I am writing to you in response to an article (News, August 7) regarding Papamoa residents unhappy about the unnecessary resealing of their roads.
We have had a similar disaster in Welcome Bay. Earlier this year they resealed a bitumen seal with stone between Victory St and Waitaha Rd and the result has been appalling.
There are patches where all the stones have come off the surface and the result is exposed tar. It is actually worse than before – bumpy and noisy.
The road did need some attention, due to dips and the surface becoming uneven, but the repair job is saddening.
They need to scrape it all off and replace it with bitumen, like the rest of Welcome Bay Rd. (Abridged)
The wrong solution
Two petitions were presented to the Tauranga City Council this week concerning the detrimental effects of laying chipseal on existing hotmix-surfaced roads.
The Papamoa Residents and Ratepayers Association works on the principle that everything the Tauranga City Council does should be for the betterment of the community, no matter how big or small.
The TCC policy of chipsealing over existing hot mix roads does not provide any betterment or even maintain the status quo. Chipsealing increases road noise, looks untidy, leaches "tar" and road metal chips onto garage floors and pavements. In all, it is a cheap, backward step.
The council has said that this is its ongoing policy for road maintenance. Why? Recently in Papamoa we have seen a poor application of new chipseal which was an absolute travesty.
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Letters: Ratepayer money not the solution to all problems
The PPRA supports the residents who are petitioning the council to stop chipsealing over existing hotmix roads. There are many unanswered questions: Do these roads need this chipsealing? What are the various options and standards of chipseal available?
We would like the TCC to publicly show the various chipsealing options available and the specifications. And then to show the costings for hotmix v chipsealing.
The chipseal solution the Tauranga City Council has chosen at present looks to be the wrong solution.
Chairman Papamoa Residents & Ratepayers Association
There are possibly two major referendums coming up for your consideration, either before or at the next general election, both dealing with moral issues concerning both life and death - abortion and euthanasia (should it be harder to be born but easier to die or easier to be born but harder to die?).
If you are reading this at least you know you are now alive and have survived the first major moral issue dealing with your life, which is your conception through to your birth, over which you had no say whatsoever.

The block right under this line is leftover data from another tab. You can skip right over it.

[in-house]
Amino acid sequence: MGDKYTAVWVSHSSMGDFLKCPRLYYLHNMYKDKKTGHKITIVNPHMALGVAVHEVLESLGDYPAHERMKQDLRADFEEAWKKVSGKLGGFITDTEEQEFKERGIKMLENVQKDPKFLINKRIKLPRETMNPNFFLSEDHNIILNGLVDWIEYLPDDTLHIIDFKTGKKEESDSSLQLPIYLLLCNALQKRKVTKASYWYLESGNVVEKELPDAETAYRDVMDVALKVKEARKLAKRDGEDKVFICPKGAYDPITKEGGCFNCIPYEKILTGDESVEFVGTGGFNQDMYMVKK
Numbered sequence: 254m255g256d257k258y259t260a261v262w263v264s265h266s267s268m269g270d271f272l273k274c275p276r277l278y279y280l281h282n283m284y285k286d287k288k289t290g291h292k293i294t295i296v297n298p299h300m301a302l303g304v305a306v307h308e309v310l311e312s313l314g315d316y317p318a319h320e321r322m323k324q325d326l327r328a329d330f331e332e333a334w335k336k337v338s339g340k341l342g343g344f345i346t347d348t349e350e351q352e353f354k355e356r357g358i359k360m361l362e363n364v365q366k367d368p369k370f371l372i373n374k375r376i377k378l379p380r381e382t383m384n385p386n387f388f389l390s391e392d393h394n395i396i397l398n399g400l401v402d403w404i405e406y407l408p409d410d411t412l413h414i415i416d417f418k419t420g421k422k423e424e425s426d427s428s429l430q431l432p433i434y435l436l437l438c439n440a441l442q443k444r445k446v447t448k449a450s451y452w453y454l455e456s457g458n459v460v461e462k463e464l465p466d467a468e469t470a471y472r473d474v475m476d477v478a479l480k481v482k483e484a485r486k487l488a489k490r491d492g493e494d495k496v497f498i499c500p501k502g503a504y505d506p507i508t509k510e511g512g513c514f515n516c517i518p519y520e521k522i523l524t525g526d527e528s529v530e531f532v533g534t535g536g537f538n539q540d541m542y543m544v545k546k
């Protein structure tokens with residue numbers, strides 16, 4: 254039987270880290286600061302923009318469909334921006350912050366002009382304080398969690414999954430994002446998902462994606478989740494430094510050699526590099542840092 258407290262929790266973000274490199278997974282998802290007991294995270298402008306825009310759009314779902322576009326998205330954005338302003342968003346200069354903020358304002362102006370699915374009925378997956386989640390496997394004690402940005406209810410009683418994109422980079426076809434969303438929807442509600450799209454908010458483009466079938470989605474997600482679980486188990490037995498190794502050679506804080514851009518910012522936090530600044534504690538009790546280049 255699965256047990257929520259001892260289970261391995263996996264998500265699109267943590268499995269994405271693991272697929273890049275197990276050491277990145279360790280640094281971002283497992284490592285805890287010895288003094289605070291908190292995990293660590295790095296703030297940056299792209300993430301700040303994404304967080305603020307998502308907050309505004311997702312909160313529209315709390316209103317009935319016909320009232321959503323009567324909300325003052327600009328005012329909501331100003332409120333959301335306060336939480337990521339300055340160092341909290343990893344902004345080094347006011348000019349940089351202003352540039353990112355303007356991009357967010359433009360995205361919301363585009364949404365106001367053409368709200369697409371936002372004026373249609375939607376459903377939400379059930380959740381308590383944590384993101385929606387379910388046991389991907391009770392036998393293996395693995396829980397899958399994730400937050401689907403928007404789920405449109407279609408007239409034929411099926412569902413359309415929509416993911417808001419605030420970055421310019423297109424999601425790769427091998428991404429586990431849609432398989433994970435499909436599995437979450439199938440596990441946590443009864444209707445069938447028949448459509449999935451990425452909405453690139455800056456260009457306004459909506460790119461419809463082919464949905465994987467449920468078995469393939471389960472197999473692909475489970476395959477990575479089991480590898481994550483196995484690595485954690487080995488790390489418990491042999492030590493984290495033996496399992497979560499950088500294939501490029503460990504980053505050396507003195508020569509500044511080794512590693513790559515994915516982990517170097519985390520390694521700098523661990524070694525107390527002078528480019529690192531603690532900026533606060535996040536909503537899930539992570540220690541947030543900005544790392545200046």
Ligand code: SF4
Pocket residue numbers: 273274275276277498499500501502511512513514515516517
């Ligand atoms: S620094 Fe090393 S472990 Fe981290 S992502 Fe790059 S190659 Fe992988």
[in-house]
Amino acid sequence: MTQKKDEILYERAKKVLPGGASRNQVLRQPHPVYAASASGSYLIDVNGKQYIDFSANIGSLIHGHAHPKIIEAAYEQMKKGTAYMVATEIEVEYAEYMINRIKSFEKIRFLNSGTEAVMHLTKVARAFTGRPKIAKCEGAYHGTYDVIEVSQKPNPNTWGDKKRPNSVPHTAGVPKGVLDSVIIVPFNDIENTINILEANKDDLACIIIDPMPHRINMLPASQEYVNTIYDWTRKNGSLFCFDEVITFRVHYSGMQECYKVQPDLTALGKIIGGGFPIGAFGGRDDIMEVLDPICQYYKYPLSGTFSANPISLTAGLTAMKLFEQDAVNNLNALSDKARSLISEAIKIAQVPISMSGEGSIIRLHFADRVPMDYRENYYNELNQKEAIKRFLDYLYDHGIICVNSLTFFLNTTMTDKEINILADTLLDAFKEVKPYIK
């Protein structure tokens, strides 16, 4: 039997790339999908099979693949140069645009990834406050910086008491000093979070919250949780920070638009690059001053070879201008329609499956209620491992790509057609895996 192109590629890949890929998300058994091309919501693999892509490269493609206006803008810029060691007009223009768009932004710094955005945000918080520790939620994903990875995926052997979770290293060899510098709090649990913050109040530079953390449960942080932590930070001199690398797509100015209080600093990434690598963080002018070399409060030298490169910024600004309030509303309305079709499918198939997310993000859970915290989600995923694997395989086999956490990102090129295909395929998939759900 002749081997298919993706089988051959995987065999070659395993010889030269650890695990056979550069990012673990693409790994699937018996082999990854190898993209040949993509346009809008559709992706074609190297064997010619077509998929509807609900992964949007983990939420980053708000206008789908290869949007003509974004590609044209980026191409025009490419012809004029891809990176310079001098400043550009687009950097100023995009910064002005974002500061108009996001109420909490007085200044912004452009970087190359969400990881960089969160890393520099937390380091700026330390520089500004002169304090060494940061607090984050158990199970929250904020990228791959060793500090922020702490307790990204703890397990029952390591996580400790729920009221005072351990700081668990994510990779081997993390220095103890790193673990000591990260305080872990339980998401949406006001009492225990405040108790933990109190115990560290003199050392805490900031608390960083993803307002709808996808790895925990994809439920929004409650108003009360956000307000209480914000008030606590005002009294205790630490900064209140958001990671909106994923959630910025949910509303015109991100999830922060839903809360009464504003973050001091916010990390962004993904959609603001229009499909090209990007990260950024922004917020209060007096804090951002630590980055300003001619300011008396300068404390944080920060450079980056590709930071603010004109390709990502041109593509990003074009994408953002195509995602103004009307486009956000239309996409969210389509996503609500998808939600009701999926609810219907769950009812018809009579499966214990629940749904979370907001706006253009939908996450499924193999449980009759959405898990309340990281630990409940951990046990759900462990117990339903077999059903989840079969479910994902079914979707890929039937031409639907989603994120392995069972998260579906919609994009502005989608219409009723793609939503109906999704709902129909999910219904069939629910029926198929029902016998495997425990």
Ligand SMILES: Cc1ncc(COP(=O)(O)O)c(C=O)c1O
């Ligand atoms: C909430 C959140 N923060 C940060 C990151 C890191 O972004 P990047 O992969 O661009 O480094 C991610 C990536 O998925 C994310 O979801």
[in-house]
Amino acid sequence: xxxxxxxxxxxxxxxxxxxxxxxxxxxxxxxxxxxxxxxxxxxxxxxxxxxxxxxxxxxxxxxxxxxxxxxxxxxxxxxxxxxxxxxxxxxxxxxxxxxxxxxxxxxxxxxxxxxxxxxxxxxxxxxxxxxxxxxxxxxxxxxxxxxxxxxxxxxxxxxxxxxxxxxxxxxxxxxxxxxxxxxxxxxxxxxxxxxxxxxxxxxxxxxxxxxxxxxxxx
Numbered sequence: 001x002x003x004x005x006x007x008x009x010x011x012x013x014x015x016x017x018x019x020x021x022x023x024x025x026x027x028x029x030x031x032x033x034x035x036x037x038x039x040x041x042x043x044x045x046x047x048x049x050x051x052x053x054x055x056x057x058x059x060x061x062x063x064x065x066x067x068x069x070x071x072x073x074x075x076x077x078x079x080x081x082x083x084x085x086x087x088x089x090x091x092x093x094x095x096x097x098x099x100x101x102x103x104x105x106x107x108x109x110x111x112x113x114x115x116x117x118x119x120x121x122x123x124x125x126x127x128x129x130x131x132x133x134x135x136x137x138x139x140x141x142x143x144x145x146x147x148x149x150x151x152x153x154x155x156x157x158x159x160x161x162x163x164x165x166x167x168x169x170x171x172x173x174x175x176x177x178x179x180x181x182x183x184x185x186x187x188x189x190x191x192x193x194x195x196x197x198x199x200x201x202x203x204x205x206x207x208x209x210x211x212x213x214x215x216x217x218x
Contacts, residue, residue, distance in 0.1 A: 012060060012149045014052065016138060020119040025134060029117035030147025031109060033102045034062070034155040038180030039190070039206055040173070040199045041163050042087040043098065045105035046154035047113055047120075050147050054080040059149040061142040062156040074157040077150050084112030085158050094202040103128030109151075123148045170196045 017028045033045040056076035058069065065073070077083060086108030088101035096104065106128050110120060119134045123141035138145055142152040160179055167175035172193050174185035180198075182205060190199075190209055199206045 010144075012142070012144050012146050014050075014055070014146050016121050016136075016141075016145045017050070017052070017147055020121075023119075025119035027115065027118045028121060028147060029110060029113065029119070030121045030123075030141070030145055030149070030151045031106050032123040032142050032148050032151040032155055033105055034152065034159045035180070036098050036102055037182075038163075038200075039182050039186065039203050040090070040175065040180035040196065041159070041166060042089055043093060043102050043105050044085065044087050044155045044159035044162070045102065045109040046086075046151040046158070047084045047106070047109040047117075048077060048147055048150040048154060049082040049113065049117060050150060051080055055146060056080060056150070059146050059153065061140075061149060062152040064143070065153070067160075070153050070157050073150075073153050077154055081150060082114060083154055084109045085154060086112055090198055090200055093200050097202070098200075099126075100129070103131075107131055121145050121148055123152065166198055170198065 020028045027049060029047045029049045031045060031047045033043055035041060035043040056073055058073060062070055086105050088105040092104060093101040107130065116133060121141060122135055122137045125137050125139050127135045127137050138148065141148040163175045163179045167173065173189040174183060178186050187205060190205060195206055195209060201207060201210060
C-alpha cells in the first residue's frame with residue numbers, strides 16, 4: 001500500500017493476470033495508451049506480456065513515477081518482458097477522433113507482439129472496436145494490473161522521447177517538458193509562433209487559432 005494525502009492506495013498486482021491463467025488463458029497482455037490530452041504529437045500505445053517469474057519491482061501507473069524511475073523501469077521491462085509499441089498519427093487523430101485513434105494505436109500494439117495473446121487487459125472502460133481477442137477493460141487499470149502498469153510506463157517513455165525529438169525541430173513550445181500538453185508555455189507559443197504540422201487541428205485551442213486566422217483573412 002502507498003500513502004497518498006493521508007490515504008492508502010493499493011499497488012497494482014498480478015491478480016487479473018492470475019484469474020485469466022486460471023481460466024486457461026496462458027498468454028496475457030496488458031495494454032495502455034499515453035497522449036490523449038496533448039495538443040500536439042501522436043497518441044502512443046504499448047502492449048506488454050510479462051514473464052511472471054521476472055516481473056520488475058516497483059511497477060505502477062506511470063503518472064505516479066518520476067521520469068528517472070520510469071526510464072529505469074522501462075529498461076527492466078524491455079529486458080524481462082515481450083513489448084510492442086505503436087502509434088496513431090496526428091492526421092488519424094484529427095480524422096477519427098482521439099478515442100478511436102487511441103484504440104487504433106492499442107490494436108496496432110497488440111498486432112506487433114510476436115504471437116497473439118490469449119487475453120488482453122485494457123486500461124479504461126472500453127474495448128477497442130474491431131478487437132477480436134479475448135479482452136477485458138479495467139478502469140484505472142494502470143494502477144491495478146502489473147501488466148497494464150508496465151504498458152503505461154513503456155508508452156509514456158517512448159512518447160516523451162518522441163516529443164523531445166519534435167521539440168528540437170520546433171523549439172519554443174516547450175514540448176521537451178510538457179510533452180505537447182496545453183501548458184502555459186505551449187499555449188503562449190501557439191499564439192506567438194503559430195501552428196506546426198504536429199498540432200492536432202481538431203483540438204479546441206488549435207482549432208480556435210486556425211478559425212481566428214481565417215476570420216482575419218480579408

However, you will be being asked about where you morally and legally stand on an expectant mother's legal right to have an abortion, which will affect the lives of the future unborn. Where did your life begin? Was it at conception or at birth?
Because you are alive and presupposing that you survive any early demise, which may not involve your choice either, you will also one day be facing the second major moral issue which involves your death.
How will you choose to die? By natural causes, or by being euthanised? The choice is yours in the coming euthanasia referendum.
It's up to all of us
The newspaper on August 6 epitomised the dilemma of climate change.
After many decades of being warned, people are facing the realities of increasing storms and sea level rising.
While they are seeking council assistance to address these realities, they are calling the council warning of the forthcoming rise "scaremongering".
What we are experiencing now is just the beginning of the effects, with increasing concerns of ice and tundra melting, ocean acidification and increasing storms.
Any protection that we create now will be strictly temporary without effective global action on the causes.
Later in the paper, Rachel Stewart analyses the conflict in the Green Party which is attempting to address the causes.
However, while the leadership is focusing on parliamentary procedures and engaging the principle interests in society with the emissions trading system, many of the members are desperate to get much more rapid response to the warnings coming from the scientific community.
While we cannot know in detail how things will develop, delays in addressing these causes can only increase the costs and complexities of responding to climate change.
It is up to all of us to do all we can to reduce greenhouse gas emissions.
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